"The word horizon does not have precisely the same meaning as 'presupposition' or even 'point of view'," says Anthony C. Thiselton. Rather, "it moves as we move, and can expand its scope." Whereas "presupposition" suggests a fixed, defensive standpoint, "horizon" permits negotiation, whether with a text or with a person. It allows self-correction, as reading and listening to a text reshape our horizon and it also allows "expansion of vision, as it allows us to see more of God and human life."

Reference: The Thiselton Companion to Christian Theology, sec. "Horizon." / Anthony. C. Thiselton, The Two Horizons. New Testament Hermeneutics and Philosophical Description with Special Reference to Heidegger, Bultmann, Gadamer, and Wittgenstein, 1980. (Esp. chapter 11 on the thought of Gadamer regarding the distance and fusion of horizons. p.293-326)

Friday, February 9, 2018

Oh, For A Closer Walk With God! by William Cowper

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And Enoch walked with God: and he was not; for God took him. Gen.5:24 (KJV)

Oh! for a closer walk with GOD,
     A calm and heav'nly frame;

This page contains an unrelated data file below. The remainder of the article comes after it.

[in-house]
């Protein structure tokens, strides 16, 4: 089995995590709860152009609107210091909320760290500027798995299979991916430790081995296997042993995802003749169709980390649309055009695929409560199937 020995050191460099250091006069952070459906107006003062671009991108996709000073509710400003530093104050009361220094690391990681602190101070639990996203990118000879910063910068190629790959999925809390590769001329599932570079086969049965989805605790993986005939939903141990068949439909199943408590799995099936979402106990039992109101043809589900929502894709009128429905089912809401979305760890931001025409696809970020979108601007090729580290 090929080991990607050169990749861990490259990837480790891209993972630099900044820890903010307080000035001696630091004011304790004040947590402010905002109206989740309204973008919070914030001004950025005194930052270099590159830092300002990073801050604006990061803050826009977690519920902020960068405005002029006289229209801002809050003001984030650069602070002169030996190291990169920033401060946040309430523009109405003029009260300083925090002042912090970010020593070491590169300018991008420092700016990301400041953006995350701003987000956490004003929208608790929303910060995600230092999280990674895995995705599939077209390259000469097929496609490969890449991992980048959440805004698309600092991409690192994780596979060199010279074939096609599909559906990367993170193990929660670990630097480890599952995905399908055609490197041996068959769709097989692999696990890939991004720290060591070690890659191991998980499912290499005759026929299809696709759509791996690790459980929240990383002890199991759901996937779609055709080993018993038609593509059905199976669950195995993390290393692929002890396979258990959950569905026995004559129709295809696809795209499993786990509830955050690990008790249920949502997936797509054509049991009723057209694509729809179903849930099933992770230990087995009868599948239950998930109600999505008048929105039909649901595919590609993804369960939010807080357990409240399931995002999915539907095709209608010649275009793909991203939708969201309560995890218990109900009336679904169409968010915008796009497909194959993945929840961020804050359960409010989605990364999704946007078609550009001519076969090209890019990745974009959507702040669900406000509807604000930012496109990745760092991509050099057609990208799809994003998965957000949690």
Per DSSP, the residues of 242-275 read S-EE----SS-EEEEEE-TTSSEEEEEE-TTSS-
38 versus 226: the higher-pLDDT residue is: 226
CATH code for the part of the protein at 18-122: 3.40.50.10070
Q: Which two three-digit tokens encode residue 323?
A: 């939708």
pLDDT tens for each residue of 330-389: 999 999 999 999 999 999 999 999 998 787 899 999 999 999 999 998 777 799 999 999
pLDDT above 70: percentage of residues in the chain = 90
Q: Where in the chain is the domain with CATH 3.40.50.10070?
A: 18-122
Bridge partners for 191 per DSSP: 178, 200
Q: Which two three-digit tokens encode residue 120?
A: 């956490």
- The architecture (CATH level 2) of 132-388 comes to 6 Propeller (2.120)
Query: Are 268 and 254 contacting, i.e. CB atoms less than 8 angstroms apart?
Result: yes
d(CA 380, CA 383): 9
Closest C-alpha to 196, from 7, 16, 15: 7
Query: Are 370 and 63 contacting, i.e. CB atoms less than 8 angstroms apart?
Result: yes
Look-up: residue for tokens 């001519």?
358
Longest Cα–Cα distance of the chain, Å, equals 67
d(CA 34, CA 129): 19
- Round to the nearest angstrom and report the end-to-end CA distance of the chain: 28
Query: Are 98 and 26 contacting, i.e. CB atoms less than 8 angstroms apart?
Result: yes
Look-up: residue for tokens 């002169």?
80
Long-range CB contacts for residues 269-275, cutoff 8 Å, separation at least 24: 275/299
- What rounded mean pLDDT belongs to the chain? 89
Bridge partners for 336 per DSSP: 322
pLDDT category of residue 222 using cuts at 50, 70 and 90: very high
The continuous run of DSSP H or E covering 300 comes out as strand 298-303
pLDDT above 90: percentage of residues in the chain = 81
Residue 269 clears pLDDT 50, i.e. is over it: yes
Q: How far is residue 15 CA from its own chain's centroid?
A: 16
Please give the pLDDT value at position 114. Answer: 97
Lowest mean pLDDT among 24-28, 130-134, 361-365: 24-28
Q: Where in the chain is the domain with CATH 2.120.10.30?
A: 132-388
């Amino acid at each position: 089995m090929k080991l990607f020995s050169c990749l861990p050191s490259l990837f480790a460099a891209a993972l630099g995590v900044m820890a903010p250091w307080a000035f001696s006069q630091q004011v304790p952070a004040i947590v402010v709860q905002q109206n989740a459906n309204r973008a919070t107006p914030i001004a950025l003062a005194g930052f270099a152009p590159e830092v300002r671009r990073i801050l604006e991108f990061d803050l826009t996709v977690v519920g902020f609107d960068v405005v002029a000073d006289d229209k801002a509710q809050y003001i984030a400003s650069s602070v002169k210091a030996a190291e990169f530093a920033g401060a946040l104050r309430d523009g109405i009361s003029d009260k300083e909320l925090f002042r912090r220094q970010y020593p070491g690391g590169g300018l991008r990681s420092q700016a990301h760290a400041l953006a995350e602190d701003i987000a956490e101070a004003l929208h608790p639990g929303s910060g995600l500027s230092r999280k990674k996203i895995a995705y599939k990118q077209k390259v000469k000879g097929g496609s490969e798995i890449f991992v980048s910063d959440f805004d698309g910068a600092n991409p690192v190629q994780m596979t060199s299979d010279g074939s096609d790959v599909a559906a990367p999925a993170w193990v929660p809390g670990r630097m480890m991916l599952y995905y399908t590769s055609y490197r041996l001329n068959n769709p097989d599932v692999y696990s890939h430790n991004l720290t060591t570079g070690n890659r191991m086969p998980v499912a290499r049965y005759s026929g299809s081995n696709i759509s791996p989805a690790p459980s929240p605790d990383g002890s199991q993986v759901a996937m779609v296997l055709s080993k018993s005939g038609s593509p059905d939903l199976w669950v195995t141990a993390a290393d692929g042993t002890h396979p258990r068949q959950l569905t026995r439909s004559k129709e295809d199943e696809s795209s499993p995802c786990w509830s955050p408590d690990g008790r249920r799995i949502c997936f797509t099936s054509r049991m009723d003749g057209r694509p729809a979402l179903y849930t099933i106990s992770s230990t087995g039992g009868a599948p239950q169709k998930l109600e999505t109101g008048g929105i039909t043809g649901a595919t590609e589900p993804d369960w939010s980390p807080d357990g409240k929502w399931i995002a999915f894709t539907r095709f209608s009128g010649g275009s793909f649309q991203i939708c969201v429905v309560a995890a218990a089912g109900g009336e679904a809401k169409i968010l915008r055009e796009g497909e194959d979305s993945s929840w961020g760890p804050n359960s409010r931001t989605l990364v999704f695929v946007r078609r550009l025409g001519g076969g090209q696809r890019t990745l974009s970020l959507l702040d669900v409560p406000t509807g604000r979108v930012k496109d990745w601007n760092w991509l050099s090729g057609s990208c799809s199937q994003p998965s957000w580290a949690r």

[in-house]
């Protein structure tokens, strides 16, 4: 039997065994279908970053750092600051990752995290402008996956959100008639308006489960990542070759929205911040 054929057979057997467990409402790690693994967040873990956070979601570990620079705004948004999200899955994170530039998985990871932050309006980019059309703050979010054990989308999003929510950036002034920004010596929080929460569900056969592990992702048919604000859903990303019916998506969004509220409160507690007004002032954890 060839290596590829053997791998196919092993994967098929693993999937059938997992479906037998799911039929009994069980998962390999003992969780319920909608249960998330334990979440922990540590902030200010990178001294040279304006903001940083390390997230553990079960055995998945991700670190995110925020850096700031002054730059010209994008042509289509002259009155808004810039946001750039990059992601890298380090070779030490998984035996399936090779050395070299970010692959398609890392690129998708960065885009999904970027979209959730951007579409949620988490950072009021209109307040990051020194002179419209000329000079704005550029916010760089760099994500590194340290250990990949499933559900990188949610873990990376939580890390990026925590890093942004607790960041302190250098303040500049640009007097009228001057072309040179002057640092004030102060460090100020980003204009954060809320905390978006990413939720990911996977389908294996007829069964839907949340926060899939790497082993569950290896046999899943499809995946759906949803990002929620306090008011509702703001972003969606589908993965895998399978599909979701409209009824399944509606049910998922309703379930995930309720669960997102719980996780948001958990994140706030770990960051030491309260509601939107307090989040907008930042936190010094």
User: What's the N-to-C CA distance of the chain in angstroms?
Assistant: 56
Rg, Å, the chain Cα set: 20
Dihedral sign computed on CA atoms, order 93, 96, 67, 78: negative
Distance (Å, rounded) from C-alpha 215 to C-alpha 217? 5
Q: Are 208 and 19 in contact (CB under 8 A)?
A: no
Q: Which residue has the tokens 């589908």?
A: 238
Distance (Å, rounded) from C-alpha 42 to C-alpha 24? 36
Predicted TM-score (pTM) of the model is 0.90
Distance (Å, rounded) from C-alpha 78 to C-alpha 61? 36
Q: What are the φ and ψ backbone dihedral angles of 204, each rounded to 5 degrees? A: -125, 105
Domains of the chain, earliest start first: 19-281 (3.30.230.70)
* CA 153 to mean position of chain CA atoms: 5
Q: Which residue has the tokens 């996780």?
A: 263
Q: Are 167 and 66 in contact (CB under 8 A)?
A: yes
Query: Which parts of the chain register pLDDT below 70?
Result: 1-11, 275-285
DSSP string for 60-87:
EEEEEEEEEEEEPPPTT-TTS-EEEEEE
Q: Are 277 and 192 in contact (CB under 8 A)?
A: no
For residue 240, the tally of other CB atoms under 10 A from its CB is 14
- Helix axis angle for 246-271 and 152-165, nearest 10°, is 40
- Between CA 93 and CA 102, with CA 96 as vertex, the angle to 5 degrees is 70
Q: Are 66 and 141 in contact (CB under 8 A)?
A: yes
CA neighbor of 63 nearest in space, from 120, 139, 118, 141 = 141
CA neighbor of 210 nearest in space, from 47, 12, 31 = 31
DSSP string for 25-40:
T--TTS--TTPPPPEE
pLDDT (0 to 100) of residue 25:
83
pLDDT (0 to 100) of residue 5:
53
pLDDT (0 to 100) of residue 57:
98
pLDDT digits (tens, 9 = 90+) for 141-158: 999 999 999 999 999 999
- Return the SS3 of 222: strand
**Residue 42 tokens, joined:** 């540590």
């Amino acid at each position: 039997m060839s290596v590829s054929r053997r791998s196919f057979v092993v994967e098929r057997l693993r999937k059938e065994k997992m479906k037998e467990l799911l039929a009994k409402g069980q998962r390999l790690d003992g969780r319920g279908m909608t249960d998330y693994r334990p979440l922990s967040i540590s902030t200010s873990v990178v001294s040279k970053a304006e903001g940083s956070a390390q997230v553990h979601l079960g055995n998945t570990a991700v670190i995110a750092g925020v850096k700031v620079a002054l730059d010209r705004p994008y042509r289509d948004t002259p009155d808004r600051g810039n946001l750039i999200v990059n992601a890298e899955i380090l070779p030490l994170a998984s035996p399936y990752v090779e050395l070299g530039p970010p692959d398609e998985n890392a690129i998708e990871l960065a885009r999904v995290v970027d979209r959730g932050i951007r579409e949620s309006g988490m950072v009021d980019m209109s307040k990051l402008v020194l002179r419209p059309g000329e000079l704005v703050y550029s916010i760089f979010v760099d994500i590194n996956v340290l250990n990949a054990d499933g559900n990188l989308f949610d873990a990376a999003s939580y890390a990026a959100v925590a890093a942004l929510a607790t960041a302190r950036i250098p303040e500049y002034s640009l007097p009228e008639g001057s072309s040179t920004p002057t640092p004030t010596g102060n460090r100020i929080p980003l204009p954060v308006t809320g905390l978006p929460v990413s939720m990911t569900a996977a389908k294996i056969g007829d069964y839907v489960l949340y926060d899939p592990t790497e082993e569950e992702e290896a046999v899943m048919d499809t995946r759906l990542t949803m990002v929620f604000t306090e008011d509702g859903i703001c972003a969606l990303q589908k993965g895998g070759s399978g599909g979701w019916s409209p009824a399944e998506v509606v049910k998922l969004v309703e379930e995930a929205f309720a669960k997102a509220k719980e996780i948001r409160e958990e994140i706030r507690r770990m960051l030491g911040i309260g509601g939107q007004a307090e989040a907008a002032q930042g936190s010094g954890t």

A light to shine upon the road
     That leads me to the Lamb!

Where is the blessedness I knew
     When first I saw the LORD?
Where is the soul-refreshing view
     Of JESUS, and his word?

What peaceful hours I once enjoy'd
     How sweet their mem'ry still!
But they have left an aching void,
     The world can never fill.

Return, O holy Dove, return,
     Sweet messenger of rest;
I hate the sins that made thee mourn,
     And drove thee from my breast.

The dearest idol I have known,
     Whate'er that idol be;
Help me to tear it from thy throne,
     And worship only thee.

So shall my walk be close with GOD,
     Calm and serene my frame;
So purer light shall mark the road
     That leads me to the Lamb.

William Cowper, Walking With God

Tuesday, February 6, 2018

On Meditating the Law of the LORD Day and Night [Psalm 1:2] by Thomas Watson (1620-1686)

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Psalm 1:2
But his delight is in the law of the LORD; and in his law doth he meditate day and night.[KJV]
כִּ֤י אִ֥ם בְּתֹורַ֥ת יְהוָ֗ה חֶ֫פְצֹ֥ו וּֽבְתֹורָתֹ֥ו יֶהְגֶּ֗ה יֹומָ֥ם וָלָֽיְלָה׃
λλ’ ν τ νμ κυρου τ θλημα ατο κα ν τ νμ ατο μελετσει μρας κα νυκτς.[LXX]